Despite her self-interest, Caitlyn’s right, so I sneak off to the end of our garden after school. Dad’s phone rings for ages; I’m just planning my voicemail when he picks up.
“You left us.”
“Er. Well. Yes.”
“Where are you?”
“Well, Tara, I’m in a lovely flat in the city. There’s a spare room here for you and Ashley when you visit. You’ll love it. It’s – “
“I don’t care about your fucking flat.” Did I just swear at my father? “Why, Dad? Ashley’s devastated.”
“Is she there? Can I talk to her?”
“For God’s sake. Just tell me what’s going on.”
He sighs. “Tara, I’m forty eight. I’ve spent the last twenty years with your mother, the last fifteen of those making sure that all three of you are OK. You know, money, food, school. I’ve worked constantly. I feel old and tired. I still love you, but I just needed to get away, have a rest from responsibility. Do you understand?”
Caitlyn’s words come back to me. “What’s her name?”
“Love, don’t be like that. Look, you know when you get bogged down with homework and revision? Well, that’s how I’ve been feeling.”
“But I didn’t run away! You made me carry on. ‘Think of the future,’ you said. So why’s this any different? You chose to have us. I didn’t choose school. How about you think of the future? Or perhaps you already are – so, what’s her name?”
I wonder if he’ll hang up. But he doesn’t.
“I knew it. How old is she?”
“Tara, I really don’t see…”
“She’s thirty. She’s very friendly and she’s looking forward to meeting you and Ashley...”
It’s me who hangs up. Dad calls back and I reject the call, cursing him to hell. I chew my hair – something I can only do when Mum’s not around – and work through it all.
He’s had enough of responsibility, yet he’s moved in with another woman (my future step-mother, eugh) who he’ll have to support (along with us), and who will probably want kids of her own (my half siblings). How long does this “mid-life” period last, I wonder. Because it strikes me that when the next child turns fifteen he’ll do the same again. But by then he’ll be sixty three at least.
Ashley finds me behind the shed. “Was that Dad?”
“What did he say?”
“What car is it?”
I look at her. “Sorry?”
“Jenna said he’d have gone and got a new car. All men do it, she says.”
And I’d thought Caitlyn was forward. Jenna’s only a year older than Ashley.
“Tara, why would he leave us just because he’s bought a new car?”
For once I don’t say she’s stupid. I laugh. Not at Ashley, but at her garbled understanding of all this. She’s hurt and so confused, she thinks it’s all over a car. She’s young, but she deserves the truth.
“Tell you what, Ash – let’s get a Coke from the fridge and I’ll tell you what he said.”
“Does Mum know?”
“Mum can wait.”
But there have been too many secrets. I’ll tell Mum later, but right now it’s Ashley who matters. I tuck her in beside me as we walk towards the house. Suddenly I feel the need to protect her. My little sister.
“Four of spades!” proclaimed Geoff with a flourish. “Who’s next?”
His next volunteer smiled as she hid the card from her patient, the magician: no mean achievement, trapped as she was in a job which made her despair.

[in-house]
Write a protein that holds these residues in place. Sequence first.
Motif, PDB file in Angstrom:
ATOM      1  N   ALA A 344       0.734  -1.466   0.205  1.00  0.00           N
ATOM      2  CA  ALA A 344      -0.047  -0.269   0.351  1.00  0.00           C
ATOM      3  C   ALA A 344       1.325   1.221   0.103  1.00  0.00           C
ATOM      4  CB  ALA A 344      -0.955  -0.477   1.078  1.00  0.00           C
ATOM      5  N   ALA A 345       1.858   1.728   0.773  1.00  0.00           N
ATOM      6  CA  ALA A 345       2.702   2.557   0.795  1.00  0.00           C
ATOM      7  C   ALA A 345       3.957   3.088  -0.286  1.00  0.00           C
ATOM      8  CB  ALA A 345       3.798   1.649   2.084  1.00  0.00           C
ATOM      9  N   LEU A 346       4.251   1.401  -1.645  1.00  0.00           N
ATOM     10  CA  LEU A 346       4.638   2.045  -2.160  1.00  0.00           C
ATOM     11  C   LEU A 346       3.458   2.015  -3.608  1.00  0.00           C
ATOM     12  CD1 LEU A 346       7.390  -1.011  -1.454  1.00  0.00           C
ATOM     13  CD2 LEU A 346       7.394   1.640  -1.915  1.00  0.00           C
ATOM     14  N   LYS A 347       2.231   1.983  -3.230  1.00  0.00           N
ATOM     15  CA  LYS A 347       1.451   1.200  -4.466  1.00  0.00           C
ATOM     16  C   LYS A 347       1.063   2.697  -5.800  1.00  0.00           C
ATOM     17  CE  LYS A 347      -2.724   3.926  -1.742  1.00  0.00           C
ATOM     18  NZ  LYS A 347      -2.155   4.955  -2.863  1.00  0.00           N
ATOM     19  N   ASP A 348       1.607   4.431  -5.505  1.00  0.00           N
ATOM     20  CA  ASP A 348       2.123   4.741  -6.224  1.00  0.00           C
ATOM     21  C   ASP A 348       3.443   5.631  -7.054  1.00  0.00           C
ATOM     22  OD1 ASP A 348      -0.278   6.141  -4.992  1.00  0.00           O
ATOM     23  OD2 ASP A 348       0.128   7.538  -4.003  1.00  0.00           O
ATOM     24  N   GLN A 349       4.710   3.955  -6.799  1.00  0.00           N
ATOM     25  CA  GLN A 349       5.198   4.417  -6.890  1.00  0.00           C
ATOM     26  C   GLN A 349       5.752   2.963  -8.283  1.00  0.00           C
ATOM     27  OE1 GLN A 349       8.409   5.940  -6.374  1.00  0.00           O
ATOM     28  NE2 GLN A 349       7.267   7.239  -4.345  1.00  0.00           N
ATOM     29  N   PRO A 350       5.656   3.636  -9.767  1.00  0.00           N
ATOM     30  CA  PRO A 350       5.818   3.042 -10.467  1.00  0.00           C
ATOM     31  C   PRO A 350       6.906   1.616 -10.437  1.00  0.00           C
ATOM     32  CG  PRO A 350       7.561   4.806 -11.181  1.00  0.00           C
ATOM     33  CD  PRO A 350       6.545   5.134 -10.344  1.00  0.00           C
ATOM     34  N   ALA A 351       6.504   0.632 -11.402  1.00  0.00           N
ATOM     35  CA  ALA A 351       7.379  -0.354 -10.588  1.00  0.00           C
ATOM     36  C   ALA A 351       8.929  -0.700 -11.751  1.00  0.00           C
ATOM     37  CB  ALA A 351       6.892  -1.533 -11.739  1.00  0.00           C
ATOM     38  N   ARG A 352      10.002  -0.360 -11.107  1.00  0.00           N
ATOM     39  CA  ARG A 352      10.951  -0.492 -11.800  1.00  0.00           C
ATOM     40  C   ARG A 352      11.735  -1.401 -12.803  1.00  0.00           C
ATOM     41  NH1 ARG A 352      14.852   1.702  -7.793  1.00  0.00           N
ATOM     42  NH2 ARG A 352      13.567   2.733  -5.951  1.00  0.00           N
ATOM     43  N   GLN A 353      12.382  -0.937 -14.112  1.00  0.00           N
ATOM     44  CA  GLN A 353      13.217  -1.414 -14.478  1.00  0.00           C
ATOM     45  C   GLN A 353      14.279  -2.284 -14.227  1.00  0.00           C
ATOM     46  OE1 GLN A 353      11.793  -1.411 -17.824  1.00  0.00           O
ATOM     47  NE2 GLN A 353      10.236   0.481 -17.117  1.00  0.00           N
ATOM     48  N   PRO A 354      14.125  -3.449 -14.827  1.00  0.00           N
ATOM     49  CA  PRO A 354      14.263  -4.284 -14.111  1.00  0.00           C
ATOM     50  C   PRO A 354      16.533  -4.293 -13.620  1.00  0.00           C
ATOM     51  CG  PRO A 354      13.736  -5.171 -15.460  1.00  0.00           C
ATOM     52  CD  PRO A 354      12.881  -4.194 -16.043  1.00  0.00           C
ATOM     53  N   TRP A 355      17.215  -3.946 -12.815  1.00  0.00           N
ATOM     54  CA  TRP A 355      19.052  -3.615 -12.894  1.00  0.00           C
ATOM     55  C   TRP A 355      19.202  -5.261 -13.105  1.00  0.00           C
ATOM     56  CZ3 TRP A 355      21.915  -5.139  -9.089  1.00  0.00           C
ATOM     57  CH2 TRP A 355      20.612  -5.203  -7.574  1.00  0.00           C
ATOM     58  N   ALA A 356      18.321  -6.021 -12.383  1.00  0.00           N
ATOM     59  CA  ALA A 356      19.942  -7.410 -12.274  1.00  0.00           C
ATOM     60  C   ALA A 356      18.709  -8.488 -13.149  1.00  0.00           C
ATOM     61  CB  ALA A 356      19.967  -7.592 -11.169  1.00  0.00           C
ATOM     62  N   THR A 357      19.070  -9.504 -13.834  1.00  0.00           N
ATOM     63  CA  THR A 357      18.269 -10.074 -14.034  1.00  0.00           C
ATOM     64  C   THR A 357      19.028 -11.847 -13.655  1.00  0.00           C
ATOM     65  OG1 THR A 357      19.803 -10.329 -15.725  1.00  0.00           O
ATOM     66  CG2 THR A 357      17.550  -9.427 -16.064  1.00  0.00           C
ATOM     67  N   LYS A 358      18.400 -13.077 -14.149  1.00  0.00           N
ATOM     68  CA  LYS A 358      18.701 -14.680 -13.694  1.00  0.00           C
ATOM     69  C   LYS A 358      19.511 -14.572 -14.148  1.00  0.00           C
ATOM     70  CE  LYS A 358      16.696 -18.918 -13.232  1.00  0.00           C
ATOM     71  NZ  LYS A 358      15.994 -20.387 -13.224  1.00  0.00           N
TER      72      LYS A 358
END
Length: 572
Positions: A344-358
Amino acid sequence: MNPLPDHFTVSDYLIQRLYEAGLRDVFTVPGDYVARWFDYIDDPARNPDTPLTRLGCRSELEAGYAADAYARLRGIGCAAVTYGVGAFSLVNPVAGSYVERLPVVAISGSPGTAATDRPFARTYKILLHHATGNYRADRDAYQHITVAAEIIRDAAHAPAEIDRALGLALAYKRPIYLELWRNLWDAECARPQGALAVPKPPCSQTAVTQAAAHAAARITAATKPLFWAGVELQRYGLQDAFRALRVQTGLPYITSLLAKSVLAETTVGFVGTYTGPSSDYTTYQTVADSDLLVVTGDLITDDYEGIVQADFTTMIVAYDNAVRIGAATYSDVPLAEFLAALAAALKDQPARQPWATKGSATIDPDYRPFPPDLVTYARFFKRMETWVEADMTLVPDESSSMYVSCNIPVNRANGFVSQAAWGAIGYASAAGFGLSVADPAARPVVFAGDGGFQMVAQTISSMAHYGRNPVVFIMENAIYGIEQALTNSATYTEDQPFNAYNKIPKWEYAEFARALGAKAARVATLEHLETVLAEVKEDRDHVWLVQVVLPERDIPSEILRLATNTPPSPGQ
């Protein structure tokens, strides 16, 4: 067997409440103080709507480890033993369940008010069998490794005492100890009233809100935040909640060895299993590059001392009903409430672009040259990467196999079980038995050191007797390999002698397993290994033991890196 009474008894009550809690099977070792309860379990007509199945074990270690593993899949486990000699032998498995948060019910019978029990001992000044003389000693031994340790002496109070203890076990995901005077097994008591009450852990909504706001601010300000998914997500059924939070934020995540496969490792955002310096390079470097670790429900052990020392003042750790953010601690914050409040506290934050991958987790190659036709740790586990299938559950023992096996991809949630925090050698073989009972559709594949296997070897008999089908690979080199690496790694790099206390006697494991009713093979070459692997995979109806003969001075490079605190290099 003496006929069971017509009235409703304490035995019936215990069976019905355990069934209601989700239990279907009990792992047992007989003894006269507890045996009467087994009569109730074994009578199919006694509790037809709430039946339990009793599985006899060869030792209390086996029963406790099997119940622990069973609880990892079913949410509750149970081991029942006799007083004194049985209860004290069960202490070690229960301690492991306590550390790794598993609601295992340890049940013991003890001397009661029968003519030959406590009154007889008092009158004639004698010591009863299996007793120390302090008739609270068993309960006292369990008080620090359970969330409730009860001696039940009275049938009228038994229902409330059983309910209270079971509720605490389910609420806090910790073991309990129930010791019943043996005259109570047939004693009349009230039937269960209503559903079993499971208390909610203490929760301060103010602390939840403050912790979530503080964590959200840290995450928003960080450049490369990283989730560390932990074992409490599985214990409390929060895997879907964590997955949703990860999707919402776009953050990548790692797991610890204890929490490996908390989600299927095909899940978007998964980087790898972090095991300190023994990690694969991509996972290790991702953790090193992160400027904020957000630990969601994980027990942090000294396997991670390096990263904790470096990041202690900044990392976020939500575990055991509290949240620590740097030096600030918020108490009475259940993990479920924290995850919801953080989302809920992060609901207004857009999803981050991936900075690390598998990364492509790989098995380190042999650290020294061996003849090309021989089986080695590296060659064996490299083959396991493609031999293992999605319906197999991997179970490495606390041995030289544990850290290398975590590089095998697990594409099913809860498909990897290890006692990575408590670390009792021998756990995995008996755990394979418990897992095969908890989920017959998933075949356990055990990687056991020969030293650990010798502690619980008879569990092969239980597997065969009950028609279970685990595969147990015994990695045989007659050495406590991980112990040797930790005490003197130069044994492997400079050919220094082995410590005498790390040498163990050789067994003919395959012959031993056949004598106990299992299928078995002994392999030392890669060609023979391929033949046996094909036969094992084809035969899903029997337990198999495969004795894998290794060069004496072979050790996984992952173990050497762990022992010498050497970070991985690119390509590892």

“That’s it, nurse. Don’t let me see.”
Written in response to Haley Whitehall's June flash fiction challenge
, this comes in at just over 300 words. ___
Paul’s shoulders tighten under my hands. I can’t see his face, but I’m sure his eyes are darting all over the place. I lean round slightly – yes, his jaw is clenched. He’s about to lie to me.
“I’ve had it a while.”
I know this is rubbish. He’s supposed to be earning a living from that computer, not playing. I would lay money on his having bought this game today while I was working.
Well, if we had any money, I would. On my salary alone our heads are just above water. His tiny pension hardly counts: we can barely cover the mortgage; we live on own-brand food; we’ll have no holiday this year. All because he wanted to retire early and start his own business.
And he’s buying computer games? What of enterprise? Our hopes and dreams?
I watch him for a while as he clicks and grunts and even leans over with the effort. Right now, it seems, his only hope or dream is to reach level 12.
“You know,” I begin, about to remind him that this isn’t the way to get a fledgling business off the ground.
“Oh, Helen, you made me jump. Look, I’ve got to start all over again now.” Don’t tempt me.
“Anyway,” he says, condescending to face me now his fun has stalled. “Aren’t you meeting Lisa this evening?”
“Yes, I was just about to leave when I saw you were… Well, when I came over.”
He leans back in the chair, eyes narrowed. “Is that a new dress? I mean, it looks lovely, but you know, Helen…”
“This old thing?” I smile, opening my palms out to him. “Nah, had it ages.”
“Oh, there’s my cab! See you later!”
I even manage a jaunty wave as I leave. But as I close the taxi door, I hope that Paul's in there feeling as guilty as I am.
Written in response to Haley Whitehall's May Flash Fiction Challenge, this comes in at just under 500 words. ___ “He should never have been there in the first place!” Tim hurls this truism across the room like a weapon. We’ve been arguing since he came home.
“For god’s sake, Jodie: not only do I find out my wife’s cheating on me, but I have a dead milkman on my hands as well.”
“You did say it was going to be a bad day.” It’s possibly the worst thing I can say. But when you’ve been caught red-handed, ended up red-faced and find yourself facing a probable manslaughter charge, intelligent sound bites don’t come readily.
“We don’t even have a bloody milkman,” Tim says, pulling a holdall from the wardrobe. “I can’t stay here after this. I’m going.”